Wednesday, March 22, 2023

The Ocean at the End of the Lane – bringing fantasy to life on stage (Grand Opera House until Saturday 25 March)

Good Omens, Coraline and a couple of Doctor Who episodes are my only Neil Gaiman reference points, so I didn’t come to last night’s performance of The Ocean at the End of the Lane with a huge amount of baggage. A feeling of security and quality builds almost as quickly as the Grand Opera House houselights dim.

The first two characters on stage deliver their lines with a clarity and authority that insists that while I have no clue about the who, where, why and when questions that are spinning around my brain like they’re caught up in a cyclone, it’s going to be all right. A cup of tea appears out of thin air in a woman’s hand. The first of many fantastical acts.

The backdrop of the set is fashioned from fine twigs that might hide a multitude of evil in its darkness. A car crashes onto the stage. Some props roll into place without human help. The black-costumed ensemble execute set changes with the poise of shadowy dancers. Then there’s the puppets and the artistry of the swirling mist.

On top of all that, there’s a grieving family at the heart of the plot, and three generations of women at a neighbouring farm whose reference points on what is normal drive the plot, and the otherworldliness. I’m not going to spoil the rest of the plot.

Katy Rudd’s larger-than-life directorial characterisations pull the audience into the mostly unamplified action. The illusions are wonderfully casual, and the puppetry is on an unusually large scale.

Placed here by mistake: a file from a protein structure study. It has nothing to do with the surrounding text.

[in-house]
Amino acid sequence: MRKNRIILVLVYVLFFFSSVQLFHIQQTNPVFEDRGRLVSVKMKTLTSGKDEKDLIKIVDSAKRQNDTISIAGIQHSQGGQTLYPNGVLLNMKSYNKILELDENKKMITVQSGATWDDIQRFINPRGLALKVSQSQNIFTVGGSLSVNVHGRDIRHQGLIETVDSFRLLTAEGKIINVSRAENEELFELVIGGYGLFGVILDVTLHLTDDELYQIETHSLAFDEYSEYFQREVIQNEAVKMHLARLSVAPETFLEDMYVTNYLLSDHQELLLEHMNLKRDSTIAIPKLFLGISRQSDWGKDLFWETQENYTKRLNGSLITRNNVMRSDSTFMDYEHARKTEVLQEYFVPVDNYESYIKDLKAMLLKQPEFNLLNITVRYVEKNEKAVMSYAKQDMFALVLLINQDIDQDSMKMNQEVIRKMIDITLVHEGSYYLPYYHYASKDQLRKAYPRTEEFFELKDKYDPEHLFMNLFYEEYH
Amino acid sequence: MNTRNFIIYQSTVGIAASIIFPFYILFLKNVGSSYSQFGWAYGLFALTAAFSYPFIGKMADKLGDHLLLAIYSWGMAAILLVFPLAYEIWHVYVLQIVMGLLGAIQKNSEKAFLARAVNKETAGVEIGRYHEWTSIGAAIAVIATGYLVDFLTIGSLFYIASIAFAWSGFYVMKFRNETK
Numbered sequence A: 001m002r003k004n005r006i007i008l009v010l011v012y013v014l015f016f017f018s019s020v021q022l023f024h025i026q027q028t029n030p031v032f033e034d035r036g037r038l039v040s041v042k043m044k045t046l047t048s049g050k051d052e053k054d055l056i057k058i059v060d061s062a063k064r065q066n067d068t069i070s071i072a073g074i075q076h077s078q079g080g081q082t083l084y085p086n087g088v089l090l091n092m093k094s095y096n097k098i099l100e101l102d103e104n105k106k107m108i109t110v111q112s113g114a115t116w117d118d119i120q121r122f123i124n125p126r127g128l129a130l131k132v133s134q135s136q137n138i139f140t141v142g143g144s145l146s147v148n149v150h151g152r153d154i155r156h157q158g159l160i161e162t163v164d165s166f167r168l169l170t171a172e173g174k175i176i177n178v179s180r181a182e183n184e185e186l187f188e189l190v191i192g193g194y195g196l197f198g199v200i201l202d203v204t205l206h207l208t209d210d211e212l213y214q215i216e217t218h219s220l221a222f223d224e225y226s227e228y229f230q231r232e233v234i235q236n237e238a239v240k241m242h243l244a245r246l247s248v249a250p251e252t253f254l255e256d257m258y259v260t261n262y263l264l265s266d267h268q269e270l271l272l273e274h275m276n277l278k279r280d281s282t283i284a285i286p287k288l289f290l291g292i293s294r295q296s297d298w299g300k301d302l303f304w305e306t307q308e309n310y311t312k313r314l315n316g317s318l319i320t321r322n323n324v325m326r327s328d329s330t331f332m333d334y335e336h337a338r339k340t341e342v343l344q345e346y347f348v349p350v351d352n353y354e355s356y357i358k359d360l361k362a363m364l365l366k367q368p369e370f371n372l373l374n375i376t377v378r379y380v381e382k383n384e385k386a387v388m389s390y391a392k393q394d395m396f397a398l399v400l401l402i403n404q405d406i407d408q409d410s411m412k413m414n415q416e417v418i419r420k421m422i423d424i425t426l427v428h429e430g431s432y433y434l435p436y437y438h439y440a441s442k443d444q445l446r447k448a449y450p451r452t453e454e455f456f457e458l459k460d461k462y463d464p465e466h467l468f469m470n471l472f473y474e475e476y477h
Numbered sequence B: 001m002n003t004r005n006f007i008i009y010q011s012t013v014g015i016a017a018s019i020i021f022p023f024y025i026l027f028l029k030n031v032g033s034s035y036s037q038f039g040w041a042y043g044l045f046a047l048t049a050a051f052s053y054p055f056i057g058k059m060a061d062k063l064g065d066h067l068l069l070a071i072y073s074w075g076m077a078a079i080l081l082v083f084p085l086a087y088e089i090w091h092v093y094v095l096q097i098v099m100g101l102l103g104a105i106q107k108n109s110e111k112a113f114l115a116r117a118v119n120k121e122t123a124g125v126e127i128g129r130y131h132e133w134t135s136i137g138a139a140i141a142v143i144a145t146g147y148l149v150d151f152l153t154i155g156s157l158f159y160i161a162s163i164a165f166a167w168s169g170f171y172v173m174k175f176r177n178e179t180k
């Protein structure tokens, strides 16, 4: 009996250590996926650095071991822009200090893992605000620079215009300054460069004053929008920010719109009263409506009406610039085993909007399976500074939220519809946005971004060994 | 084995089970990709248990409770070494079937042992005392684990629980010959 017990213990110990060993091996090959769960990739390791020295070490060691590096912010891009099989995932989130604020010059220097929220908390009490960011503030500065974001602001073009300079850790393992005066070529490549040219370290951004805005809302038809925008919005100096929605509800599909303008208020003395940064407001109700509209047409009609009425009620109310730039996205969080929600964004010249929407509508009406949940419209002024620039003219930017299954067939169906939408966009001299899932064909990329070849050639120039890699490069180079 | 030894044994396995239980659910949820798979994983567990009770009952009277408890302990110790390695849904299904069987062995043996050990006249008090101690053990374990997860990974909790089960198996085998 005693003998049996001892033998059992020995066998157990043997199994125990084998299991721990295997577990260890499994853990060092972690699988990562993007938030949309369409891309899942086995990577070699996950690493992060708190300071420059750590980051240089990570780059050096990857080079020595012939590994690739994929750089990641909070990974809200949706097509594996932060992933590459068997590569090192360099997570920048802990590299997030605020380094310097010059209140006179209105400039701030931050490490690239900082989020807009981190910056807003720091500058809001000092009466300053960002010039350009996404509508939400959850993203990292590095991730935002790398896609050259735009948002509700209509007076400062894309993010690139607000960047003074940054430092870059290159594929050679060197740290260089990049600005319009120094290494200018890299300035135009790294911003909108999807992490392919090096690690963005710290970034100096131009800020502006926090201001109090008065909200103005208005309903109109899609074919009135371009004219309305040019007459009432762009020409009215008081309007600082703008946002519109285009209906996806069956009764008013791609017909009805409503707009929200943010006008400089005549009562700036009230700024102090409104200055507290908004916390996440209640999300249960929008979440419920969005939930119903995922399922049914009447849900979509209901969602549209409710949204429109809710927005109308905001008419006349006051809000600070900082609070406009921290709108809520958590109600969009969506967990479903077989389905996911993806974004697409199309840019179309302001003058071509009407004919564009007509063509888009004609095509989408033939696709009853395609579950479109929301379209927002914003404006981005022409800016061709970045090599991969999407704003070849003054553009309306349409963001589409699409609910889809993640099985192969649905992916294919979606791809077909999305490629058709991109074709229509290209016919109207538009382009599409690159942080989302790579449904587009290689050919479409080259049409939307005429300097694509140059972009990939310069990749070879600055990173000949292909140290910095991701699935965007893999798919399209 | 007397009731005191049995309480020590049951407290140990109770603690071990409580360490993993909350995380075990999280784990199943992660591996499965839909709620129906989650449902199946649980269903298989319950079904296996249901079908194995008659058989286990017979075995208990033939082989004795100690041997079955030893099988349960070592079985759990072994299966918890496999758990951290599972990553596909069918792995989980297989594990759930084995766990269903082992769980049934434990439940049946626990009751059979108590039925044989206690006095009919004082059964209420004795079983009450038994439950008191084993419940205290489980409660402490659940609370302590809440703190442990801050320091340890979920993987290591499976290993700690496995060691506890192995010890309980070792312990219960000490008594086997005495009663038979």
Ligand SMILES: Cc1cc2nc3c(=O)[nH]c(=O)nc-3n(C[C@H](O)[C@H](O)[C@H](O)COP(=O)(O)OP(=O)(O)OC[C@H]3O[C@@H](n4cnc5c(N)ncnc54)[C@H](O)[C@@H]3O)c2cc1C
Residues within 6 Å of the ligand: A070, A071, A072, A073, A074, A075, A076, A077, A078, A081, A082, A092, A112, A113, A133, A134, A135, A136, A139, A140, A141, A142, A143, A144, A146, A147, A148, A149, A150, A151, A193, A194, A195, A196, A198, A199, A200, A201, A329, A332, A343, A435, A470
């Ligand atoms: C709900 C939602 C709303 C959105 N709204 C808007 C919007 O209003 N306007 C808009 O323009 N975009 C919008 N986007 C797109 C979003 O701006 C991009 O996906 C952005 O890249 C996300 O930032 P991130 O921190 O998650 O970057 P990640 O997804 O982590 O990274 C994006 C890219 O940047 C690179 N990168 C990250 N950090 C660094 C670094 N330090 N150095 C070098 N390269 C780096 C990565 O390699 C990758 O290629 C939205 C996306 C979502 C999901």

Aspects of the choreography are familiar. Movement director Steven Hoggett worked on The Curious Incident of the Dog in the Night and the method of crowd-surfing principal performers around the stage and through the air has been augmented, though those routines all felt overly elongated, delaying rather than punctuating the storytelling.

Joel Horwood’s adaptation of Gaiman’s novel tells a story of a bookish boy and the adventures he has with a girl who lives nearby and is wiser than her years. And sure, doesn’t everyone have a shapeshifting lodger, an unreliable memory and a hole in their heart caused by a moment of traumatic pain and loss?

The dynamic between Keir Ogilvy’s Boy and Millie Hikasa’s Lettie works from the start and both actors create space for their characters’ emotions and motives to develop. The sister (Laurie Ogden) manages the dichotomy of being annoyed by her brother yet knowing that blood is thicker than water. Jasmeen James injects an equal measure of sass and danger into Ursula, the unusual lodger, reminding audiences that understudies are at least the equal of the main cast members.

It’s not often a fantastical tale of imagination can be staged at the scale and complexity that the National Theatre can muster. Even less common for such a show to tour through Northern Ireland. The Ocean at the End of the Lane is clearly not the content that some of last night’s audience expected. But most seemed to be captivated by the astonishing world-building and storytelling.

The Ocean at the End of the Lane continues at the Grand Opera House in Belfast until Saturday 25 March.

Photo credit: Brinkhoff-Moegenburg

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